In Defense of Trump’s Judicial Nominees: A Response to “Trump’s Crazy Choices for the Courts”

Former Judge Scheindlin’s screed in the New York Times last Friday maligns President Trump’s appointments to the lower federal courts on a variety of pretexts, with a common theme that the nominees she targets do not share her liberal worldview. Judge Scheindlin’s view of the judiciary is inimical to Chief Justice Roberts’ often-quoted remark during his confirmation hearing that a judge’s “job is to call balls and strikes and not to pitch or bat.” As Alexander Hamilton noted in the Federalist 78, if judges “exercise will instead of judgment, the consequence would equally be the substitution of their pleasure to that of the legislative body.”

Judge Scheindlin’s attacks indeed reflect her openly-espoused view that judges should be nominated based upon their policy views and enact those preferences as law through their rulings once confirmed. Jeffrey Toobin, Rights and Wrongs, The New Yorker, May 27, 2013 (“What I really like to do is write opinions . . . There you get to do what you think is right, what you believe in. You’re pushing the margins of the envelope, being willing to be creative.”); and Benjamin Weisner, Departing Judge Offers Blunt Defense, The New York Times, May 2, 2016. (“I’m not a person who was ever enamored of power . . . but I like to exercise it in the public good.”) According to Judge Scheindlin, an unelected liberal judge should exercise the power she begrudges the political branches to “push the envelope” as a one-woman legislature. Upon retirement, she should savage conservative nominees committed to judicial restraint on the Editorial Page of the NYT.

Although Judge Scheindlin claims that President Trump’s Nominees “do not reflect mainstream values,” her own record reflects a pattern of reversal by appellate courts when she has attempted to shape public policy from the bench. After the Second Circuit Court of Appeals ruled that she should no longer preside over a major “stop and frisk” case, Judge Scheindlin retired in disgrace while claiming that she wanted to perform “even more good works than I could accomplish here.” (Whereupon she decamped to a Wall Street law firm where she undoubtedly bills over $1000 per hour.) As the NYT itself notes, it is “unusual” for federal judges to retire in such a manner. Benjamin Weisner, Shira Scheindlin . . . Will Step Down, The New York Times, March 23, 2016. Even Judge Scheindlin’s apologists explain that her reversal rate is indicative that, although mistaken, she is “certain of what the law should be—not just what it is.” Mark Hamblett, Stop and Frisk Judge Relishes her Independence, New York Law Journal, May 20, 2013.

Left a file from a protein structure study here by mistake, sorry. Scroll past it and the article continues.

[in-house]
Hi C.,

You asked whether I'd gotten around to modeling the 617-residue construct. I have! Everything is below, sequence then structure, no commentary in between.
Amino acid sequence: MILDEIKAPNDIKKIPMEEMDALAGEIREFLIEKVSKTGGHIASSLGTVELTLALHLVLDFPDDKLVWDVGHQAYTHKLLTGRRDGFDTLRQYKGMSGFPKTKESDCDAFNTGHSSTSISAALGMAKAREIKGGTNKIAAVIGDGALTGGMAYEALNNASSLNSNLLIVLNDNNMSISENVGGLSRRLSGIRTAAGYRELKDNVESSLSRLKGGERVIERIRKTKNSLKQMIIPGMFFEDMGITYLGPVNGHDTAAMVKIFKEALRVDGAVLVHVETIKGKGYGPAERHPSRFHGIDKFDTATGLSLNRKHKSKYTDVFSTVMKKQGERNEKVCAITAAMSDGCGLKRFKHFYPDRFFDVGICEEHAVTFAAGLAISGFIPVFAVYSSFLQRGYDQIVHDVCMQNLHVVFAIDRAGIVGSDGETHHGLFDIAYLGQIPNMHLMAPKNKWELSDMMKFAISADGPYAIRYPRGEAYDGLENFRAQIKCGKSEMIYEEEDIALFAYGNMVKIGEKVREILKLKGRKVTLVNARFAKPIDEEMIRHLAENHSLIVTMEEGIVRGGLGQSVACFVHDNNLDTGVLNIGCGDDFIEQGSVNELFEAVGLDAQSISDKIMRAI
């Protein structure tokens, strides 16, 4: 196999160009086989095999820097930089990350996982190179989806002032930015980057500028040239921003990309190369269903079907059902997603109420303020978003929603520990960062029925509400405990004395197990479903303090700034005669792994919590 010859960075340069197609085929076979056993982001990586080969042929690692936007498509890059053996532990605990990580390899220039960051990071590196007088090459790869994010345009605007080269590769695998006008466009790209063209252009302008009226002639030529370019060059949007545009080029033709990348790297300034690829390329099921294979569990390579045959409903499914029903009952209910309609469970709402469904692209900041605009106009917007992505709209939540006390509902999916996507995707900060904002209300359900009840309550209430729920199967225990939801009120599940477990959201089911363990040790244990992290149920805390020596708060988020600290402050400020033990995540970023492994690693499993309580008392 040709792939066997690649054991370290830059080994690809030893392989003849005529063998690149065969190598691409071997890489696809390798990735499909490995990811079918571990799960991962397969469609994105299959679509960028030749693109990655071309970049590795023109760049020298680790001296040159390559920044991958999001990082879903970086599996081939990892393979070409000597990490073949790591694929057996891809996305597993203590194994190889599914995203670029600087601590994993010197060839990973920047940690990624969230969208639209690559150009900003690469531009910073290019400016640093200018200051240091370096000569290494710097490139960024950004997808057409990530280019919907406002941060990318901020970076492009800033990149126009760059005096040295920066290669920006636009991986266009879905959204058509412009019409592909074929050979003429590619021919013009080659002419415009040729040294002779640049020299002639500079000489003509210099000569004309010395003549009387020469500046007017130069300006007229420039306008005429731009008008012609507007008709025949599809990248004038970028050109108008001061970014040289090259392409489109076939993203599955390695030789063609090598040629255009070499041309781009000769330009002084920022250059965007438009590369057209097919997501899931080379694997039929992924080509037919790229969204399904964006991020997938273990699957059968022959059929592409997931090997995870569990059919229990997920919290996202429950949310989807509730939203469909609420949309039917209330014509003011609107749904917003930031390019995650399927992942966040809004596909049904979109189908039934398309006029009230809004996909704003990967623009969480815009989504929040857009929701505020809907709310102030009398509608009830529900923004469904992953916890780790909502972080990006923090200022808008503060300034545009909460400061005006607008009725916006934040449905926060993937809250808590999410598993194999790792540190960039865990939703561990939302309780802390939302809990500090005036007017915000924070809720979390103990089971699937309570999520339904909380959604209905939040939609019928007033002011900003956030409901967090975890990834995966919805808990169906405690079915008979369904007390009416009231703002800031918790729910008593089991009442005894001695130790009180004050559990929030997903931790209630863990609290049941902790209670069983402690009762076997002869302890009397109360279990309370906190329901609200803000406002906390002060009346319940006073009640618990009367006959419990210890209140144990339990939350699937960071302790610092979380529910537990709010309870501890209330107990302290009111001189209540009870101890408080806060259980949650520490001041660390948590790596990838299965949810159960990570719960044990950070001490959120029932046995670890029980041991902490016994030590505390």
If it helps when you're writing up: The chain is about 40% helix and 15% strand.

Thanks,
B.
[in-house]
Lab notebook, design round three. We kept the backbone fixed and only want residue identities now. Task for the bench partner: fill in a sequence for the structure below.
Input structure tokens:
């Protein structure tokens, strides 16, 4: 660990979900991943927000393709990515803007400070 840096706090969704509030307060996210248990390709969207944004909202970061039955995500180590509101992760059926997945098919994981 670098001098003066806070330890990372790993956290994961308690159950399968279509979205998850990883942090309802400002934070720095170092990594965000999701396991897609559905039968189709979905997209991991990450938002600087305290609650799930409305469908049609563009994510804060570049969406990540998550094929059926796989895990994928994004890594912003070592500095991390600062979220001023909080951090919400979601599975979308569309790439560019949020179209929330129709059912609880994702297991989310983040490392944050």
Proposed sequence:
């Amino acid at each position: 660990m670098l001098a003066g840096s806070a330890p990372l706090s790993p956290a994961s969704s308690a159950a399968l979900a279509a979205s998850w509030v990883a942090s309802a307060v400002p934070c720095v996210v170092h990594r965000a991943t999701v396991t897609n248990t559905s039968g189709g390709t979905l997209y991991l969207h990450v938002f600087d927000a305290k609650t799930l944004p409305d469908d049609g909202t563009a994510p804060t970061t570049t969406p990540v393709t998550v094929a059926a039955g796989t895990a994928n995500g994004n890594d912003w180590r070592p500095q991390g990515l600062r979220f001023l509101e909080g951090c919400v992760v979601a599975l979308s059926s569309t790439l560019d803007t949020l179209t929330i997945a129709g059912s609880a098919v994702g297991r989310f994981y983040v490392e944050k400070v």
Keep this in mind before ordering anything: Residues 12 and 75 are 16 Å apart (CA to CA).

Judge Scheindlin interpreted the First Amendment in a strikingly results-oriented fashion designed to shade (if not twist) constitutional interpretation to fit her own policy preferences; presided over several botched trials of John Gotti Jr.; was reversed several times by the Second Circuit for ruling in favor of terrorists, both foreign and domestic; condoned the abuse of diplomatic immunity; and instituted an extravagant regime of electronic discovery obligations that increase, by orders of magnitude, the costs and risks of federal litigation. Most strikingly, she issued twice as many written suppression orders as her next most lenient colleague. (Such rulings effectively end criminal prosecutions against guilty defendants based upon technicalities.) The administration should be commended for nominating judges who will exercise judicial restraint rather than imposing Judge Scheindlin’s notion of “mainstream values” through judicial fiat.

Judge Scheindlin’s article mentions several Supreme Court cases that were clearly wrongly decided, but inexplicably criticizes a nominee for his refusal to “adhere to precedent if they believe a case was wrongly decided.” Judge Scheindlin does not explain why, to paraphrase the late Justice Jackson, a court should be wrong today because it was wrong yesterday.

Judge Scheindlin’s attacks on the nominees are particularly disappointing given her own reactions to criticism she received after unpopular rulings. See e.g. Larry Neumeister, NY “Frisk” Judge Calls Criticism Below the Belt, Associated Press, May 19, 2013. Fortunately, Trump’s nominees, and not Judge Scheindlin, will decide the weighty issues of our time, as her best decision while a federal judge, quite frankly, was to retire last year.